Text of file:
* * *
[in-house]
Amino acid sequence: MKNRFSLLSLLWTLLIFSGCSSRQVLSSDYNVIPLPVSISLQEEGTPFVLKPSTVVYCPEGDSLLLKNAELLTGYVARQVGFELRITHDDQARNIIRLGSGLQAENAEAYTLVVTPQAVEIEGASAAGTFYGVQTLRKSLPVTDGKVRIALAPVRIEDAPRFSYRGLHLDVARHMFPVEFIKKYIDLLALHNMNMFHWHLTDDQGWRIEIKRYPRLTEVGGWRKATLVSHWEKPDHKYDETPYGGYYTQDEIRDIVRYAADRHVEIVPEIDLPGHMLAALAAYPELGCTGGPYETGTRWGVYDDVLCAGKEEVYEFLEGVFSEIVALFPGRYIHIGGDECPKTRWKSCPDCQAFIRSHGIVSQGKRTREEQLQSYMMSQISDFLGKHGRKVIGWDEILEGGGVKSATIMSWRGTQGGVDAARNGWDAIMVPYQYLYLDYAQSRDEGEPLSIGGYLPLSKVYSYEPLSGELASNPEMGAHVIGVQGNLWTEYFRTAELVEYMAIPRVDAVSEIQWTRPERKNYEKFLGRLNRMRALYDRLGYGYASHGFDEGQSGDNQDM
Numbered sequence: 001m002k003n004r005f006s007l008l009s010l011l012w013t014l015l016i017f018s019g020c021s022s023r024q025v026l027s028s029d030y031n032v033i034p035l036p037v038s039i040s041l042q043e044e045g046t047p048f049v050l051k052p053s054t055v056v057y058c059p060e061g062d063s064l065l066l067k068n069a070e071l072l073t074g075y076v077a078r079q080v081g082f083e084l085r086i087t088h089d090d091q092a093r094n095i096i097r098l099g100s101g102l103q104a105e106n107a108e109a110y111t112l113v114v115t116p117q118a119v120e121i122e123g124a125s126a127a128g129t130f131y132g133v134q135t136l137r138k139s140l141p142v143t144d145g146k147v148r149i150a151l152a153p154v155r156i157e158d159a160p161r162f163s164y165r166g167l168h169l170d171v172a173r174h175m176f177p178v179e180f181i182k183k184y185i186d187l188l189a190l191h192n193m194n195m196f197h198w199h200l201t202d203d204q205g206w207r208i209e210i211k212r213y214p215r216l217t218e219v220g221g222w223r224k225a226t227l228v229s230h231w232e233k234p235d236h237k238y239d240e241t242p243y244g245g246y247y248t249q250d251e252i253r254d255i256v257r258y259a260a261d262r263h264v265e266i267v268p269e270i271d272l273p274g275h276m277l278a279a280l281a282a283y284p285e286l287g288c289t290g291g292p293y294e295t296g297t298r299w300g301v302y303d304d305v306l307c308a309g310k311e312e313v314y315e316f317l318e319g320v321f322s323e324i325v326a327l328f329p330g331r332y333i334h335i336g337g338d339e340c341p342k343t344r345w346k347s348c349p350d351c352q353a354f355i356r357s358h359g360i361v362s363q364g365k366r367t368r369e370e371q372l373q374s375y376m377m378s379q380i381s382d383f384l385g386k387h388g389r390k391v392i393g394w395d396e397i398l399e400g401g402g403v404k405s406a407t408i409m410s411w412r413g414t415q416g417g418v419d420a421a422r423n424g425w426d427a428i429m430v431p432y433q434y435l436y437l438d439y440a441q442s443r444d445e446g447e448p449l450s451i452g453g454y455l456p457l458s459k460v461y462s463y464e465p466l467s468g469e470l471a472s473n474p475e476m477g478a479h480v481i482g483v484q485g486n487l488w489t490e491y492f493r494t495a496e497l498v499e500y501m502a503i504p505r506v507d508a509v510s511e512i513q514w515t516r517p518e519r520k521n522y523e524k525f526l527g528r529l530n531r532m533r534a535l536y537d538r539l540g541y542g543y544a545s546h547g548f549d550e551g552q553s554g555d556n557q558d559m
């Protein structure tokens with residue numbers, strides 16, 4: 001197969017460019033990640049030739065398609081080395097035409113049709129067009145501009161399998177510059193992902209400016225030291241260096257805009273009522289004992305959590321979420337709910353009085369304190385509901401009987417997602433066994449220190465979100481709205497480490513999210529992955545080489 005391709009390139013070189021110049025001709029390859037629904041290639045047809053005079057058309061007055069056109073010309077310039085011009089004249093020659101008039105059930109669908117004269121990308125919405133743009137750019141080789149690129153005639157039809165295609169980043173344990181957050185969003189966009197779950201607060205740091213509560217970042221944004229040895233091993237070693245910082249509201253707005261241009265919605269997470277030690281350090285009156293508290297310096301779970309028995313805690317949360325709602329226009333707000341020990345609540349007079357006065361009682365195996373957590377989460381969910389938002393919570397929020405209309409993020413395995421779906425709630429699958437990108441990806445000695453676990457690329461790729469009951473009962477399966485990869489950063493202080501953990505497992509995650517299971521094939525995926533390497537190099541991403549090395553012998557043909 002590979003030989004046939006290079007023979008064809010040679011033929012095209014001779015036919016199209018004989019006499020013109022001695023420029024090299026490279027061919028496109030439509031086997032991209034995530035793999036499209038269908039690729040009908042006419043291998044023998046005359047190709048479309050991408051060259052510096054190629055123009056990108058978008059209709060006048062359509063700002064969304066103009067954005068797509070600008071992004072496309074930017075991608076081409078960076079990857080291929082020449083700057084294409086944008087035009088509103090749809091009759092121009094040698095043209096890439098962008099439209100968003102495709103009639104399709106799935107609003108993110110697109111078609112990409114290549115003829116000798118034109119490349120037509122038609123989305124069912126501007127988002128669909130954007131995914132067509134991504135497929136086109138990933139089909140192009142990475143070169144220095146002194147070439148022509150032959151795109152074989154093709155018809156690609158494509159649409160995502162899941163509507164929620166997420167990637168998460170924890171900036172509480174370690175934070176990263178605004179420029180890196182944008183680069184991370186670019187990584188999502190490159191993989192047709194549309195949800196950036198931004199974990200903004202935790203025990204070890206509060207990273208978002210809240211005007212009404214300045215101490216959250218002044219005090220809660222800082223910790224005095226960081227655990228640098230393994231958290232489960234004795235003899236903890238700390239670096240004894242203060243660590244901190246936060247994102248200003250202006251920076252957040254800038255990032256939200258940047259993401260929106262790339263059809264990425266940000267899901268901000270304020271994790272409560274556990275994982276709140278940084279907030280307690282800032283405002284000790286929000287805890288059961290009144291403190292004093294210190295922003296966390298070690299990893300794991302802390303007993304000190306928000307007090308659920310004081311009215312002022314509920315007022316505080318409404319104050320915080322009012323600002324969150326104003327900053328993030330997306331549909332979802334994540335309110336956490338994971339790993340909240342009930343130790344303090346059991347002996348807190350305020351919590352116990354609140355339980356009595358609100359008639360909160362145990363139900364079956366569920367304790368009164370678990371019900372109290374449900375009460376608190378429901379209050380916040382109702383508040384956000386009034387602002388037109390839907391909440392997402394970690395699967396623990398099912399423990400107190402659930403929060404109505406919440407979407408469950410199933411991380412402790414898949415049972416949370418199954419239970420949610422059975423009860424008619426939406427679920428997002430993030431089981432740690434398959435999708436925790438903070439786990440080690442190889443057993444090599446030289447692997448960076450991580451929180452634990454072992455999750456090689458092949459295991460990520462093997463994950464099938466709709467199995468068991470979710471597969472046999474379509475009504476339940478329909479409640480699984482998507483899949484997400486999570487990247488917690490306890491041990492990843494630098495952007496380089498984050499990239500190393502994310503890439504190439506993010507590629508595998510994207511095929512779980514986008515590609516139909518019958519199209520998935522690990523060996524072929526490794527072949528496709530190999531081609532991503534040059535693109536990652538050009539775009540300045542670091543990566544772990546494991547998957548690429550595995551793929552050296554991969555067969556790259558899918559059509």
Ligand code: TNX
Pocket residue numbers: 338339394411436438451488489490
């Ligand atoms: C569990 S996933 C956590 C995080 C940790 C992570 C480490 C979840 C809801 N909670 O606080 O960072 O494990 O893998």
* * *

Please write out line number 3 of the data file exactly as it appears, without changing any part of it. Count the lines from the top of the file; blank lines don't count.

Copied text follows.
Numbered sequence: 001m002k003n004r005f006s007l008l009s010l011l012w013t014l015l016i017f018s019g020c021s022s023r024q025v026l027s028s029d030y031n032v033i034p035l036p037v038s039i040s041l042q043e044e045g046t047p048f049v050l051k052p053s054t055v056v057y058c059p060e061g062d063s064l065l066l067k068n069a070e071l072l073t074g075y076v077a078r079q080v081g082f083e084l085r086i087t088h089d090d091q092a093r094n095i096i097r098l099g100s101g102l103q104a105e106n107a108e109a110y111t112l113v114v115t116p117q118a119v120e121i122e123g124a125s126a127a128g129t130f131y132g133v134q135t136l137r138k139s140l141p142v143t144d145g146k147v148r149i150a151l152a153p154v155r156i157e158d159a160p161r162f163s164y165r166g167l168h169l170d171v172a173r174h175m176f177p178v179e180f181i182k183k184y185i186d187l188l189a190l191h192n193m194n195m196f197h198w199h200l201t202d203d204q205g206w207r208i209e210i211k212r213y214p215r216l217t218e219v220g221g222w223r224k225a226t227l228v229s230h231w232e233k234p235d236h237k238y239d240e241t242p243y244g245g246y247y248t249q250d251e252i253r254d255i256v257r258y259a260a261d262r263h264v265e266i267v268p269e270i271d272l273p274g275h276m277l278a279a280l281a282a283y284p285e286l287g288c289t290g291g292p293y294e295t296g297t298r299w300g301v302y303d304d305v306l307c308a309g310k311e312e313v314y315e316f317l318e319g320v321f322s323e324i325v326a327l328f329p330g331r332y333i334h335i336g337g338d339e340c341p342k343t344r345w346k347s348c349p350d351c352q353a354f355i356r357s358h359g360i361v362s363q364g365k366r367t368r369e370e371q372l373q374s375y376m377m378s379q380i381s382d383f384l385g386k387h388g389r390k391v392i393g394w395d396e397i398l399e400g401g402g403v404k405s406a407t408i409m410s411w412r413g414t415q416g417g418v419d420a421a422r423n424g425w426d427a428i429m430v431p432y433q434y435l436y437l438d439y440a441q442s443r444d445e446g447e448p449l450s451i452g453g454y455l456p457l458s459k460v461y462s463y464e465p466l467s468g469e470l471a472s473n474p475e476m477g478a479h480v481i482g483v484q485g486n487l488w489t490e491y492f493r494t495a496e497l498v499e500y501m502a503i504p505r506v507d508a509v510s511e512i513q514w515t516r517p518e519r520k521n522y523e524k525f526l527g528r529l530n531r532m533r534a535l536y537d538r539l540g541y542g543y544a545s546h547g548f549d550e551g552q553s554g555d556n557q558d559m